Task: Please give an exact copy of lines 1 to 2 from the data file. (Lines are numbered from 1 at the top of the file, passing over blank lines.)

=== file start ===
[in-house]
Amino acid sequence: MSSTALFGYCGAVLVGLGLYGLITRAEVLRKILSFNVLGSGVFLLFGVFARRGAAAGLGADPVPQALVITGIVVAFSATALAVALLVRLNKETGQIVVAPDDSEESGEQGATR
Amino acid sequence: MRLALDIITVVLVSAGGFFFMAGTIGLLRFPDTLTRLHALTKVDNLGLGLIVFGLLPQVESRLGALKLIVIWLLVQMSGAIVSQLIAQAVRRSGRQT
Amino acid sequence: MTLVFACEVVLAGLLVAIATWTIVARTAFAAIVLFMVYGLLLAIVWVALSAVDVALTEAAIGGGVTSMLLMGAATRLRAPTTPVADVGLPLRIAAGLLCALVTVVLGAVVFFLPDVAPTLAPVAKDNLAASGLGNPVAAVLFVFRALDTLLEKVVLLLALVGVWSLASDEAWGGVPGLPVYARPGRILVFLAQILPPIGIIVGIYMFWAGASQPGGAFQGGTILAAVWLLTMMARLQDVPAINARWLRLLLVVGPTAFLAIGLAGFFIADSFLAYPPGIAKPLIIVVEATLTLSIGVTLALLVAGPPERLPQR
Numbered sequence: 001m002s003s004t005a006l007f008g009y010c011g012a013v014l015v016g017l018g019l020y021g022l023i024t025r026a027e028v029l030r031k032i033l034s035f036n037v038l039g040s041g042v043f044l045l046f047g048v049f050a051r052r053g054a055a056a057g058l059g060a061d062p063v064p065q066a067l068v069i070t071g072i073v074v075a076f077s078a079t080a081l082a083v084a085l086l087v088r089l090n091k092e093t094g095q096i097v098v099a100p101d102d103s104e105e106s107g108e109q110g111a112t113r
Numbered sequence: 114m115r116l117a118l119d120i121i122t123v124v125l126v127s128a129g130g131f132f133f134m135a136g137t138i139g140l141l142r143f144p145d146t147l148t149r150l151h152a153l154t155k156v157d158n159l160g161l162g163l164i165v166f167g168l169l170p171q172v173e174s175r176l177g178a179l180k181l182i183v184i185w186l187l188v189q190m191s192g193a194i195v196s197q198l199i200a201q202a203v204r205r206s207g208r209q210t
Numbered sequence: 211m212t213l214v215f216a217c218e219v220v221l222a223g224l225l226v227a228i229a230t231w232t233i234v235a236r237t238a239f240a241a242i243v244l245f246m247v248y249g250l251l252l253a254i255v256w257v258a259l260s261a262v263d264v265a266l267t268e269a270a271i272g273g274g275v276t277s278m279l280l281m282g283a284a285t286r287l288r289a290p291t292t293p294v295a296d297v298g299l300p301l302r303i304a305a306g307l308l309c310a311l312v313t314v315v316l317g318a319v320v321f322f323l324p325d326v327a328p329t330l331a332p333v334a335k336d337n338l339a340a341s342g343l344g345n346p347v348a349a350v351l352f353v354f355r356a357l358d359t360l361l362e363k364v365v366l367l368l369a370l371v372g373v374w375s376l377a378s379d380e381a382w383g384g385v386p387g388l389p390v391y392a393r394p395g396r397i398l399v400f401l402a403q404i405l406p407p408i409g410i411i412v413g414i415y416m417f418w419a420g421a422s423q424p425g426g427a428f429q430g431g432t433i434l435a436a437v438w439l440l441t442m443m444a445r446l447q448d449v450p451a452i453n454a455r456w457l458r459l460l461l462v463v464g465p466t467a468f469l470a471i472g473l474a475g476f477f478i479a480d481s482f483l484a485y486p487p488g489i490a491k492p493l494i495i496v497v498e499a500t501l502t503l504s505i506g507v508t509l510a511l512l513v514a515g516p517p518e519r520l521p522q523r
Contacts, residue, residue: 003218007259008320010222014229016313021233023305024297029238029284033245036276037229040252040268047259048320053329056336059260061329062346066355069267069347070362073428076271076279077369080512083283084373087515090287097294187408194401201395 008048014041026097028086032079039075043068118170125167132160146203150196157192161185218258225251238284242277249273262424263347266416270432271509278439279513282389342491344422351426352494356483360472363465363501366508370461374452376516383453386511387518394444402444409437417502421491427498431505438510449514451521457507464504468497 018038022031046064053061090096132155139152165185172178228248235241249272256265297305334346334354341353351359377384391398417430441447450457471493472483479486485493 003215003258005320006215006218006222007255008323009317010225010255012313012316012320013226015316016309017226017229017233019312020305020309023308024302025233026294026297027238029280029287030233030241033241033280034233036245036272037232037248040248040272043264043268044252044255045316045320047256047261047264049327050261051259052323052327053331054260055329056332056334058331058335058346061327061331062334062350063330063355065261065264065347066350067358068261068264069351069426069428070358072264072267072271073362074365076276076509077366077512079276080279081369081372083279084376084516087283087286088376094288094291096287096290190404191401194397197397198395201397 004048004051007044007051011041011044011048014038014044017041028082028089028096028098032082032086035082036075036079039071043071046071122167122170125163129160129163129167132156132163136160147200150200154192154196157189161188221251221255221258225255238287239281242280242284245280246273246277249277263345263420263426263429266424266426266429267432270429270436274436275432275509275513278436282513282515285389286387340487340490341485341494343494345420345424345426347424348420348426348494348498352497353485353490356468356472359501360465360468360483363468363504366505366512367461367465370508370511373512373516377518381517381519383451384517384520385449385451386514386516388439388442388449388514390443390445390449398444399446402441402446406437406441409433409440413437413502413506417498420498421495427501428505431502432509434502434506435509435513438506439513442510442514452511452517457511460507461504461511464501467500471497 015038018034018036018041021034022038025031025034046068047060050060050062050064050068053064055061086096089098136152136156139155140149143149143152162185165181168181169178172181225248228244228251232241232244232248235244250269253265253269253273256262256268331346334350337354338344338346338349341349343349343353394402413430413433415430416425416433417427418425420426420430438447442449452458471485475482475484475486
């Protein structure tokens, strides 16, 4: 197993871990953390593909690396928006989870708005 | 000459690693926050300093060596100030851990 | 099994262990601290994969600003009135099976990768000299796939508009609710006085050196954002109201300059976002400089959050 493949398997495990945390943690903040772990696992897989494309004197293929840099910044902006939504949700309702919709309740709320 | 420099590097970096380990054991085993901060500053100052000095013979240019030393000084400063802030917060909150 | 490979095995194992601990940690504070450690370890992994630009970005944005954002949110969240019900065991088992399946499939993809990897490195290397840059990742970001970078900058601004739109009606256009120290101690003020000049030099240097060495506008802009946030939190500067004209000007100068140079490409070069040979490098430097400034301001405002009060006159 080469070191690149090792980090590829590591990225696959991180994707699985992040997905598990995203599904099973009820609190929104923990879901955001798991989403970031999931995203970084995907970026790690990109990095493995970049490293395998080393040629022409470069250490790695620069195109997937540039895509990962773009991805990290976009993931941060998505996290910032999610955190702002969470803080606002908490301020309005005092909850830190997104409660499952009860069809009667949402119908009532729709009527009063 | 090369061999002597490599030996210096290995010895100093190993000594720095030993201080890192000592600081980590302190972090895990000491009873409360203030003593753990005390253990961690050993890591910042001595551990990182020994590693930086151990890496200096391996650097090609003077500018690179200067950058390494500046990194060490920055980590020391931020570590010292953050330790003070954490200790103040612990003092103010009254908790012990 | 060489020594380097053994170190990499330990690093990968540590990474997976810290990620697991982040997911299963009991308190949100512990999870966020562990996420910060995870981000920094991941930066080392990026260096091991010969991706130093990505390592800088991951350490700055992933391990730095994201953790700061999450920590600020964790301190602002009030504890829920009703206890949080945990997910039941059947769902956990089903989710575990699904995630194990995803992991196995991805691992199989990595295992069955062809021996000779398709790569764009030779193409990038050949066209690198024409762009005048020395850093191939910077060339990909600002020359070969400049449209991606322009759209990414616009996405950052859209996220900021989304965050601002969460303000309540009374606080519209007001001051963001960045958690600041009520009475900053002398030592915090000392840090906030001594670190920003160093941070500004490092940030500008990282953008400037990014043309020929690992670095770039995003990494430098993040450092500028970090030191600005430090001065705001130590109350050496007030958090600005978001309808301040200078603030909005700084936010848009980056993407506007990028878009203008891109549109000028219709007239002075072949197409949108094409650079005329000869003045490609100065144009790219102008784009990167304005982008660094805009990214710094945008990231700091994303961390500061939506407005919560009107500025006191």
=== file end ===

[in-house]
Amino acid sequence: MSSTALFGYCGAVLVGLGLYGLITRAEVLRKILSFNVLGSGVFLLFGVFARRGAAAGLGADPVPQALVITGIVVAFSATALAVALLVRLNKETGQIVVAPDDSEESGEQGATR